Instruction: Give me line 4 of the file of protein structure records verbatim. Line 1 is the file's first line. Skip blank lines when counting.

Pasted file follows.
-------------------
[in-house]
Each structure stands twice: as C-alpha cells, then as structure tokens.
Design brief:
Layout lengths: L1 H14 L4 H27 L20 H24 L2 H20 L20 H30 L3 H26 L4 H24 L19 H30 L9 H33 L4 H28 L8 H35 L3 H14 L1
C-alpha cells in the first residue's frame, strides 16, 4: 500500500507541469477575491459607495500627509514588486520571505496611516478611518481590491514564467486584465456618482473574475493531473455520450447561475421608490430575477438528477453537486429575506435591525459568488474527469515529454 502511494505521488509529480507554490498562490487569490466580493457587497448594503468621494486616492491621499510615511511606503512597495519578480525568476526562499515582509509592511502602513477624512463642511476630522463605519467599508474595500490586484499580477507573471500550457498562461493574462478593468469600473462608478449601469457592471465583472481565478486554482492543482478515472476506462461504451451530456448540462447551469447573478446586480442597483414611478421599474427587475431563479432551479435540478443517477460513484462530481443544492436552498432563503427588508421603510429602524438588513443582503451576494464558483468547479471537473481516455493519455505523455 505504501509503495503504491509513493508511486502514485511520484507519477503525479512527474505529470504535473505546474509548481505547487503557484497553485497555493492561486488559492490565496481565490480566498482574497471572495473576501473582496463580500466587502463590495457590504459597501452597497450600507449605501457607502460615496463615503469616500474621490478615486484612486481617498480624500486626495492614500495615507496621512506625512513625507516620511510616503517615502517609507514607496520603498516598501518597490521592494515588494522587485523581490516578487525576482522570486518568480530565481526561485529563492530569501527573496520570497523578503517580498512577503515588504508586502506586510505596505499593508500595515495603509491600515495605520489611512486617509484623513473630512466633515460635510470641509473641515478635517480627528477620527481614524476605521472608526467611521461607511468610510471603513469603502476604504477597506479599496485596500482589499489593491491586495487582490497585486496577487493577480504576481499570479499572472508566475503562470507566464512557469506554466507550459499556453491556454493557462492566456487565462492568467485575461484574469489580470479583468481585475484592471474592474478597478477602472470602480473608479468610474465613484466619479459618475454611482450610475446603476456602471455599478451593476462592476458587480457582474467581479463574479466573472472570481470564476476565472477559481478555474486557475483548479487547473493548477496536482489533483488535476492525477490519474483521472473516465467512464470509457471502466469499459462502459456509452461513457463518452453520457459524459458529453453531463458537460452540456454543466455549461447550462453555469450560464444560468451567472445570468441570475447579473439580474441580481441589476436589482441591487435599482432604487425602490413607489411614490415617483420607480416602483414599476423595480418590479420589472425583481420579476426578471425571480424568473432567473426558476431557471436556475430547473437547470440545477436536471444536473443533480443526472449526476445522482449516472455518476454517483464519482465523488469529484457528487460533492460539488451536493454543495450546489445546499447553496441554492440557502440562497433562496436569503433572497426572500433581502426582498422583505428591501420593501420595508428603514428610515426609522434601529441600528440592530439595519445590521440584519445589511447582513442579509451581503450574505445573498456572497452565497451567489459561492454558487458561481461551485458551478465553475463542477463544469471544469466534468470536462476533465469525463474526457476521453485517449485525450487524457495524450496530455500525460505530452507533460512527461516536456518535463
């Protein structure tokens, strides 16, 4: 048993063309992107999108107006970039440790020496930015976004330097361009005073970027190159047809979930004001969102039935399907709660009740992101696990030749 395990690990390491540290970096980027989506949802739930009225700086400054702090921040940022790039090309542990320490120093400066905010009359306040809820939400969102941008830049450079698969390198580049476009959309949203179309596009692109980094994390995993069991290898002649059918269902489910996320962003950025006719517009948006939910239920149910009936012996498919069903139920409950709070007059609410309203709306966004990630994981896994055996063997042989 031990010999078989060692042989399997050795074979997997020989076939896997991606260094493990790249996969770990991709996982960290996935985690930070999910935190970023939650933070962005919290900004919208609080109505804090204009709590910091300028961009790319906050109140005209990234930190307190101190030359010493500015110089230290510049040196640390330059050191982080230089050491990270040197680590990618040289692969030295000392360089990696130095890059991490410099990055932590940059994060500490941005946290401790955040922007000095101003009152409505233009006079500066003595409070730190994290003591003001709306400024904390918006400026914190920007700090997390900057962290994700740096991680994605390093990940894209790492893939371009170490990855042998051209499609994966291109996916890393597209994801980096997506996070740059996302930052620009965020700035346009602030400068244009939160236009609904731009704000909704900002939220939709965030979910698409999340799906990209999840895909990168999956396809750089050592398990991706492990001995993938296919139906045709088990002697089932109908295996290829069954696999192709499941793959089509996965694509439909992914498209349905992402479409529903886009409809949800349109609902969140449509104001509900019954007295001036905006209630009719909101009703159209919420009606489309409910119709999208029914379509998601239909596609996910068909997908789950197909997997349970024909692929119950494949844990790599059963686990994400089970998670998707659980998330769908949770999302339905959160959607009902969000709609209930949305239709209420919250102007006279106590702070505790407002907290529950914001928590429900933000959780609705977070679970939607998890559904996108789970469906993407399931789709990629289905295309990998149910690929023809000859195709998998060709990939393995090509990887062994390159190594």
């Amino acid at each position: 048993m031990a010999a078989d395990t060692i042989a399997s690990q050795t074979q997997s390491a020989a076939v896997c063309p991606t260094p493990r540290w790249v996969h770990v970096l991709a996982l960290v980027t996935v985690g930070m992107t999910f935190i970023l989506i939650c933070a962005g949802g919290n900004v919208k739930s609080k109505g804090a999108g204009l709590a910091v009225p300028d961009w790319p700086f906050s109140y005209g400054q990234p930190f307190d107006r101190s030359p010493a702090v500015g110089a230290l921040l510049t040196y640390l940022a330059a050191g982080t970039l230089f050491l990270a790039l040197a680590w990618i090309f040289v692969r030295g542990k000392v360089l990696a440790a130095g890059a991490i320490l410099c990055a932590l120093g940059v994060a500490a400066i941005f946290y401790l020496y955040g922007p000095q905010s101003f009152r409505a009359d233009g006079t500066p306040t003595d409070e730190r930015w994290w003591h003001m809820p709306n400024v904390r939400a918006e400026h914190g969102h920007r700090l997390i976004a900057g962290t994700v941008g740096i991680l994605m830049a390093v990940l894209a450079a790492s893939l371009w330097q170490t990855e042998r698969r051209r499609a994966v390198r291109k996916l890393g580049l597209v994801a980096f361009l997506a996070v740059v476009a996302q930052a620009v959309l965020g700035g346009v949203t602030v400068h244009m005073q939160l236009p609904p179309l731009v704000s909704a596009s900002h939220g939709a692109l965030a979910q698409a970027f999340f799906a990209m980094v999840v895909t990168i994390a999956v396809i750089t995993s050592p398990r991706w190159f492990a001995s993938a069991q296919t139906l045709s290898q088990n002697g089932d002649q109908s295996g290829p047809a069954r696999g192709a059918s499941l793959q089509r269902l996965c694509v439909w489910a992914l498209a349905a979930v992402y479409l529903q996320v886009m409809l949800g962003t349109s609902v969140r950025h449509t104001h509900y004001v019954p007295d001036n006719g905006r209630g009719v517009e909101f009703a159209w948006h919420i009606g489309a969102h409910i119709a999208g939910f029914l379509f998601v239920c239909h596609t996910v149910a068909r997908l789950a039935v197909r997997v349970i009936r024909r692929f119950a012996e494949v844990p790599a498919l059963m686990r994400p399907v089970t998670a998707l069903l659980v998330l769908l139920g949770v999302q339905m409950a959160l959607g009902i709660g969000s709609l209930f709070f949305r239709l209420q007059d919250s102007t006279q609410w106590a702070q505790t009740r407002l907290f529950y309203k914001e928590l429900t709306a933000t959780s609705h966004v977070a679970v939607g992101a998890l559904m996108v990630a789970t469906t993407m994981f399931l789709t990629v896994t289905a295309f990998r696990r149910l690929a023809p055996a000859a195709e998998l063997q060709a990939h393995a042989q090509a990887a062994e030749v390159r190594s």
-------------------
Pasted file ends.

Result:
Layout lengths: L1 H14 L4 H27 L20 H24 L2 H20 L20 H30 L3 H26 L4 H24 L19 H30 L9 H33 L4 H28 L8 H35 L3 H14 L1